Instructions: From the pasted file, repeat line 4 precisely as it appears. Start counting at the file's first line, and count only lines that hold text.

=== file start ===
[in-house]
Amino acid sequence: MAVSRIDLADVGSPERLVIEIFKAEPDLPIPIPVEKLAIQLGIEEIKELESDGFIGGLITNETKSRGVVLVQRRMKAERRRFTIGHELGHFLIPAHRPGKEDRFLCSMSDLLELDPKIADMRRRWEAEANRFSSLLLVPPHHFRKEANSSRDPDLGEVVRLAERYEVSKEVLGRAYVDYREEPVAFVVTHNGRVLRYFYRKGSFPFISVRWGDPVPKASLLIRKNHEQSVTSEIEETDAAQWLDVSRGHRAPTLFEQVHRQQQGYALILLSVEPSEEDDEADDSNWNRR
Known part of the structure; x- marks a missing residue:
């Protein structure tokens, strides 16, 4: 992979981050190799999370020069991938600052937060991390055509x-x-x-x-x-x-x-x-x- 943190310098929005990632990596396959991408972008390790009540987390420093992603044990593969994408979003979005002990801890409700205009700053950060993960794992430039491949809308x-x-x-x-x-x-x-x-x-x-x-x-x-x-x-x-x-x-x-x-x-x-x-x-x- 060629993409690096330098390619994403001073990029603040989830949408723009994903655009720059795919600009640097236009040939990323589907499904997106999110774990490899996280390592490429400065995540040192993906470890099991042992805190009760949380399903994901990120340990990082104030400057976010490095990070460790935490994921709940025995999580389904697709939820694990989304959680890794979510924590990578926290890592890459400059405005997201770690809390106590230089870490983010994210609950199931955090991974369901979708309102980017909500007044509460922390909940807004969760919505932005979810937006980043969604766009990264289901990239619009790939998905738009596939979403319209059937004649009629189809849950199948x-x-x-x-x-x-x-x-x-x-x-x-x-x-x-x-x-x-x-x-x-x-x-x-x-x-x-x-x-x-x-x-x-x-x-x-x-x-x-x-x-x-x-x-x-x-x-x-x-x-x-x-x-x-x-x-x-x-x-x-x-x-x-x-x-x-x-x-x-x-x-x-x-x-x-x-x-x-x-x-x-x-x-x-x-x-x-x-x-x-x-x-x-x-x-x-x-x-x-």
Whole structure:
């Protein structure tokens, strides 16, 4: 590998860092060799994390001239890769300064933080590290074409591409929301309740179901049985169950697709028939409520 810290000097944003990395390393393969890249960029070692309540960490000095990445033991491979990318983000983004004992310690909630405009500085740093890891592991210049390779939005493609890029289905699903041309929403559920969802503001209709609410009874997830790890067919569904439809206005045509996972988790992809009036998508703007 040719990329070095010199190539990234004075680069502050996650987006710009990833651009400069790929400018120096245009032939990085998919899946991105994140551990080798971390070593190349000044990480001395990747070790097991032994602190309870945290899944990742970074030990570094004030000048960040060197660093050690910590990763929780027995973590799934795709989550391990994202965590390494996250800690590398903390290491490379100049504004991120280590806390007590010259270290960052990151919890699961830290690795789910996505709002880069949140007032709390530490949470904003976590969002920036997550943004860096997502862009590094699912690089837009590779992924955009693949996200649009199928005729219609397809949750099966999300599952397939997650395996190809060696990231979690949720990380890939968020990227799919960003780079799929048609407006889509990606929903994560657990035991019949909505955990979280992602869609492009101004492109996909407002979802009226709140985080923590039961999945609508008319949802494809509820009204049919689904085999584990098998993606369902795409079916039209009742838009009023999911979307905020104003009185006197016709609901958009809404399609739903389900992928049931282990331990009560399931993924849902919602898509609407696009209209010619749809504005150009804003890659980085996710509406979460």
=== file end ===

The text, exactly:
């Protein structure tokens, strides 16, 4: 992979981050190799999370020069991938600052937060991390055509x-x-x-x-x-x-x-x-x- 943190310098929005990632990596396959991408972008390790009540987390420093992603044990593969994408979003979005002990801890409700205009700053950060993960794992430039491949809308x-x-x-x-x-x-x-x-x-x-x-x-x-x-x-x-x-x-x-x-x-x-x-x-x- 060629993409690096330098390619994403001073990029603040989830949408723009994903655009720059795919600009640097236009040939990323589907499904997106999110774990490899996280390592490429400065995540040192993906470890099991042992805190009760949380399903994901990120340990990082104030400057976010490095990070460790935490994921709940025995999580389904697709939820694990989304959680890794979510924590990578926290890592890459400059405005997201770690809390106590230089870490983010994210609950199931955090991974369901979708309102980017909500007044509460922390909940807004969760919505932005979810937006980043969604766009990264289901990239619009790939998905738009596939979403319209059937004649009629189809849950199948x-x-x-x-x-x-x-x-x-x-x-x-x-x-x-x-x-x-x-x-x-x-x-x-x-x-x-x-x-x-x-x-x-x-x-x-x-x-x-x-x-x-x-x-x-x-x-x-x-x-x-x-x-x-x-x-x-x-x-x-x-x-x-x-x-x-x-x-x-x-x-x-x-x-x-x-x-x-x-x-x-x-x-x-x-x-x-x-x-x-x-x-x-x-x-x-x-x-x-």